o Application of the feminist approach and social justice.
We began to develop a strategy that brings coherence to these streams of work in terms of our engagement on development effectiveness and with the Global Partnership for Effective Development Cooperation.
We acknowledged and appreciated the work of BetterAid and the Open Forum for CSO Development Effectiveness over the past four years, and agreed that the CPDE would act as their collective successors.
We agreed to reach out to more organizations and sectors.
Finally, we agreed to reconvene as the Global Council one year from now.
18. Through this partnership civil society from around the world commits to effective development for a more just and equal world.
The Global Council of the CSO Partnership for Development Effectiveness
December 9, 2012 – Nairobi, Kenya
List of Global Council Member Organizations
These organizations were selected by and represent regional, sub-regional, and sectoral constituencies.
Collectif des ONG pour la Sécurité Alimentaire et le Développement Rural (COSADER)
Institute for Democratic Governance (IDEG)
Réseau des Plates-formes nationals d’ONG d’Afrique de l’Ouestet du Centre (REPAOC)
Uganda National NGO Forum (UNNGOF)
Indonesia Country Coordinating Committee
Korea Civil Society Forum on International Development Cooperation (KoFID)
Pacific Islands Association of Non-Governmental Organizations (PIANGO)
Roots for Equity
Middle East and North Africa (MENA)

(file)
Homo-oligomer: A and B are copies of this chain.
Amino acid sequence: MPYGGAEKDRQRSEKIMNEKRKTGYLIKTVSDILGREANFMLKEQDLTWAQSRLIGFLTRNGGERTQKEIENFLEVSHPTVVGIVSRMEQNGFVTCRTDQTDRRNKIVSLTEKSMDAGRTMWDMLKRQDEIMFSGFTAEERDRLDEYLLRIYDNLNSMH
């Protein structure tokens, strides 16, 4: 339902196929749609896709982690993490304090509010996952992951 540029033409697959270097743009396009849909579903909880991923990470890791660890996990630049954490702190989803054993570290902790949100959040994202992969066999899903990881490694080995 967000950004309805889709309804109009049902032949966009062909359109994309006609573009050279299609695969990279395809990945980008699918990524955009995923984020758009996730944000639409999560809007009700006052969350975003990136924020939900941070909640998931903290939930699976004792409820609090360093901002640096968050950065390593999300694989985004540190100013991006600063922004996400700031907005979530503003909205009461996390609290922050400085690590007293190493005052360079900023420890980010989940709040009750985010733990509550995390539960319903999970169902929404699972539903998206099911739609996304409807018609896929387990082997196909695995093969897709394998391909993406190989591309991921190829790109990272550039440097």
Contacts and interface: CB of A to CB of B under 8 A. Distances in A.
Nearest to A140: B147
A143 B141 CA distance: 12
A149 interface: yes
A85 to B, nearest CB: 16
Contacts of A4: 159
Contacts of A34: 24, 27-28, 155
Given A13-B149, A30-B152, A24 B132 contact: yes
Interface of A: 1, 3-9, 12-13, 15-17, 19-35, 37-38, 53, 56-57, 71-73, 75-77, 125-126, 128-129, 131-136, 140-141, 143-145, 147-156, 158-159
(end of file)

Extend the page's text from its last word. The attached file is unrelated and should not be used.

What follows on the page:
Arab NGO Network for Development (ANND)
Palestinian Non-Governmental Organizations Network (PNGO)
Civil Society Institute
Latin America and the Caribbean
Academia Nacional de Ciencias (ANC)
Associacion LatinoAmericana de Organizaciones de Promocion al Desarrollo A.C. (ALOP)
Canadian Council for International Cooperation (CCIC)
International Civil Society Organizations
International Trade Union Confederation (ITUC)
East African Trade Union Confederation
International Trade Union Confederation MENA (ITUC MENA)
UniaoGeral dos Trablhadores (UGT Brasil)
Eastern and Southern Africa Farmers Forum (ESAFF)
Forum for Indigenous People of Action
Peoples’ Coalition on Food Sovereignty (PCFS)
African Women’s Development and Communication Network (FEMNET)
Asia Pacific Forum on Women, Law, and Development (APWLD)
Association for Women’s Rights in Development (AWID)
Coordinadora dela Mujer
Forum of Women’s NGOs of Kyrgyzstan
Women in Development Europe+ (WIDE+)
ACT Alliance/Finn Church Aid
All Africa Conference of Churches
Lutheran World Federation